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The Runaway - About The Book

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As a child, I found I could spend many hours poring over the contents of a trunk in which my grandmother kept many of the treasures of her lifetime—photos and letters, old calling cards and picture-postcards, the christening gowns of babies long since grown to middle age, buttons and belt-buckles and bits of lace, dress patterns, locks of hair tied with ribbon. One item in particular caught my fancy, a poster which, when you unrolled it, announced the repertoire of my grandfather’s half-brother, Robert H. B. Tremain, an actor with the Chautauqua and Lyceum circuits. The family knew him as Ben, but on this poster, his name had taken on some embellishments befitting a performer of note. There were a number of photographs on the poster. Beneath a studio photo showing him in his regular dress of a natty suit, stiff collar and tie, were several pictures of him in the guises of the characters he portrayed on stage—an ancient man with a long white beard, a Highlander, an Indian with a full headdress, and even an old lady. I was a child who could spend a good deal of time living out of a costume box so the fact that someone in my family had managed to do this for a living intrigued me no end.

We have a letter from Great-uncle Ben, written from Kentucky when he was on the Lyceum circuit in 1912, in which he expressed how much he missed his parents and his brothers, who had moved to Canada and settled in Alberta, as well as his own wife and daughter in Sioux City, Iowa. It was the last letter the family received. Robert H. B. Tremain mysteriously disappeared and was never heard from again. He was something of an adventurer, as ready to strike out and go prospecting for gold or join a hunt as appear before the footlights of a Chautauqua stage. Perhaps he tried his luck prospecting in Mexico, where, during this time of turmoil, he might have been killed. No real hint of what actually happened to him has ever surfaced.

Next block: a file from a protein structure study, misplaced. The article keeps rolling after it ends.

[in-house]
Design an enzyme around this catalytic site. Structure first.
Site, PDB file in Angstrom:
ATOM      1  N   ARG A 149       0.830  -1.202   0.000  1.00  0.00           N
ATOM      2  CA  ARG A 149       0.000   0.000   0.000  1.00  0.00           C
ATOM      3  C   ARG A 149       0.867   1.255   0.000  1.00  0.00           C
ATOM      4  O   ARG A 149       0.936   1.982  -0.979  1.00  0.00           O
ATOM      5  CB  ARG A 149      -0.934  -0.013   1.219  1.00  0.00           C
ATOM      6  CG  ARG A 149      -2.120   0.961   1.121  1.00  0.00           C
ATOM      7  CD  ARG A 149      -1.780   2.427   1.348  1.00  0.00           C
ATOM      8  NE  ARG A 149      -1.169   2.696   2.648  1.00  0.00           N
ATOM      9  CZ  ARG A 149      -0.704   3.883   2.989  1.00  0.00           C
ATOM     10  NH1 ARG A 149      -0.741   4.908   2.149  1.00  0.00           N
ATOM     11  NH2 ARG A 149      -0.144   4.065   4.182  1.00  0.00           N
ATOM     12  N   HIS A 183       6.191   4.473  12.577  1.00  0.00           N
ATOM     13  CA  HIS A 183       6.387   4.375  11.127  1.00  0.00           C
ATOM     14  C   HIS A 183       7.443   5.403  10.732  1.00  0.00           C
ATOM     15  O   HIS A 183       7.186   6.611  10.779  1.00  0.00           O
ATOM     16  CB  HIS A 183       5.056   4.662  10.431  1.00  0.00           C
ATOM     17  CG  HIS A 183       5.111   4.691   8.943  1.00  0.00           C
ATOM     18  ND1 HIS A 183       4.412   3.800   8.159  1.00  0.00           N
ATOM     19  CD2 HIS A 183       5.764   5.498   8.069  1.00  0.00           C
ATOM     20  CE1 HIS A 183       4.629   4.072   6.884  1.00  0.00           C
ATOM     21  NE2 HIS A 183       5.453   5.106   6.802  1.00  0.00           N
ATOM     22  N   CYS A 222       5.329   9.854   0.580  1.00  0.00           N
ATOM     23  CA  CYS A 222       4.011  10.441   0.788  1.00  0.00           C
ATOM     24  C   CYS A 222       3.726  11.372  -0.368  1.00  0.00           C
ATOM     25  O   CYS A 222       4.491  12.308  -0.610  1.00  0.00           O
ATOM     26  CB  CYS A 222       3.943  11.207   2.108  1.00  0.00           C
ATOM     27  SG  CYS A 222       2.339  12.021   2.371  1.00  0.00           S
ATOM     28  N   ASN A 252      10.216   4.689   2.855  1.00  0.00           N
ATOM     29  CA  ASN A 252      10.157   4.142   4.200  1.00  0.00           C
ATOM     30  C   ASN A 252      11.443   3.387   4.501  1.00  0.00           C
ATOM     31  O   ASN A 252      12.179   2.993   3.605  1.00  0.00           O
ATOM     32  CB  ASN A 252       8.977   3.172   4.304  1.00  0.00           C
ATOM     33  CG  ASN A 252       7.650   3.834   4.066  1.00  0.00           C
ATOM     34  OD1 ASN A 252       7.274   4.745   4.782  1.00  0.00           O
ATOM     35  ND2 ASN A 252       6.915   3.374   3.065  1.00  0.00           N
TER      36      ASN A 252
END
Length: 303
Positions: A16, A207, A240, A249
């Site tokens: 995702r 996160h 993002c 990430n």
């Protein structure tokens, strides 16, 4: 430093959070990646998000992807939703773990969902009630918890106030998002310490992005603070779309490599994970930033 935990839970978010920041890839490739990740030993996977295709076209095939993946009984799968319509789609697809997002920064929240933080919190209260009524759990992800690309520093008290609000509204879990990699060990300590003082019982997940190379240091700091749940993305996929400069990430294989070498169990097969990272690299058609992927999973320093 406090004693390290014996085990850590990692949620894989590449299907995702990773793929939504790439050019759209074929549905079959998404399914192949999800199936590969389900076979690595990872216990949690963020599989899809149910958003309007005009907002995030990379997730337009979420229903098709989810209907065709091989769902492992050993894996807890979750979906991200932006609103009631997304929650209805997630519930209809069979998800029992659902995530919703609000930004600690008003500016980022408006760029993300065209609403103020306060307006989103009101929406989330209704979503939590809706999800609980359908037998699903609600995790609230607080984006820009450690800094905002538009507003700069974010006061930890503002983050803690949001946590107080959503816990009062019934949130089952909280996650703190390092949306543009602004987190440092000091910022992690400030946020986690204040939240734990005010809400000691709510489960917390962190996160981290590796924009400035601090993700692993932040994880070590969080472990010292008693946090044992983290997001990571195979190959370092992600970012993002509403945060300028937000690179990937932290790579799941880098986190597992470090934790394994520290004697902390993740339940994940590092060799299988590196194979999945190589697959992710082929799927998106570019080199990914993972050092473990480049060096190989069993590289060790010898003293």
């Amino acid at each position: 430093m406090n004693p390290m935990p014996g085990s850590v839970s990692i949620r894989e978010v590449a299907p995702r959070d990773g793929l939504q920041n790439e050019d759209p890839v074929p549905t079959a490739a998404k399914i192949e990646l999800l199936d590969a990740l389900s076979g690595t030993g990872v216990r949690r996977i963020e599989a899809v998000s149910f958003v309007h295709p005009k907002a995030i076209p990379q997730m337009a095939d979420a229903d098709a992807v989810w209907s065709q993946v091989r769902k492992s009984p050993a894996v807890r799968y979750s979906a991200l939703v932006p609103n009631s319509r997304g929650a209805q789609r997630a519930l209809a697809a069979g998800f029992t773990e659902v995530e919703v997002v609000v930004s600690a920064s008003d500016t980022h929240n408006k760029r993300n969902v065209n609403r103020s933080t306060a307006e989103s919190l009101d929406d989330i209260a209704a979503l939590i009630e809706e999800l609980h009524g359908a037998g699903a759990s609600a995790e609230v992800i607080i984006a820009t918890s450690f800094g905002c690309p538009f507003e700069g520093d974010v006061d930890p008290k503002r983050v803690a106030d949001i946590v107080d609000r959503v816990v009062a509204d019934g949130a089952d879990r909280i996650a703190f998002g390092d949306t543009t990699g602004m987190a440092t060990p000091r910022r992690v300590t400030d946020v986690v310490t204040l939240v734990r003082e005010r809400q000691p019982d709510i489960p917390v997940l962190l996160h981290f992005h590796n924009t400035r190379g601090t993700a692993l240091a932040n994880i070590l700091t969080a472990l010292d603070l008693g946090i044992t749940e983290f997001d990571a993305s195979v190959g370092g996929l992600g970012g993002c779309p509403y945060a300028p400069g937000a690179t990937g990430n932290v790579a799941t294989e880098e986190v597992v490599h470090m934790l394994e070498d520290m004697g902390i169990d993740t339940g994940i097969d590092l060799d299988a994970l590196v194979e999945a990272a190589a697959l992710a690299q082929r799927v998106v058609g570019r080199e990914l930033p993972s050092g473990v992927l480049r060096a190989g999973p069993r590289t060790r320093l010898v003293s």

It was Tremain’s Chautauqua poster that spurred me to write the story of Doodle and his summer with the Chautauqua circuit, and, in it, I pay homage to Robert H. B. Tremain by inviting him to materialize as Maggie’s father. I can’t help thinking he would have enjoyed the chance to be under the canvas of one of the big tents again.

The Chautauqua tent shows that travelled from town to town throughout the United States and Canada in the early decades of the twentieth century grew out of the Lyceum movement that thrived in the latter part of the nineteenth century. It was a movement dedicated to bringing culture to Americans who had little access to educators and entertainers. Carl Sandburg, Booker T. Washington and Mark Twain were among the Lyceum’s speakers. In 1904, the idea of taking such week-long shows to small towns by using tents and daily programs that rotated from one place to the next over the period of week was given a trial run. The circuits chose the umbrella name of “Chautauqua,” from the New York Chautauqua Institution, which offered summer-long programs on theology, literature, science and the arts—a model for what the travelling tent shows were aiming to do. The circuits grew in popularity, especially as the programs expanded to include an increasing variety of entertainments—bands and popular singers, opera soloists, magicians, ventriloquists, plays, character impersonators, and comedians.

Chautauqua programs in each town relied on a good deal of involvement from the town populace. A Chautauqua Committee of locals, working with a Chautauqua advance agent, had to gather pledges and guarantee the cost of putting on the program. A junior program, run by a Chautauqua “story lady” or “junior girl,” involved the children of those attending, often culminating in a pageant to be put on in the big tent at the end of the week.

As movies grew in popularity in the 1920s and radio became a staple in more and more homes, the Chautauqua circuits faded away.

The geography of the Chautauqua circuit in The Runaway is fictional. So are the performers and acts for the shows, but these, of course, are shaped from a study of what someone in a Chautauqua audience might expect to see and hear in 1923. (From The Runaway – Author’s Note)

The Runaway is available from Tradewind Books:

Distributed in Canada by Fitzhenry & Whiteside:

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This book is recommended for students in grades 6 to 9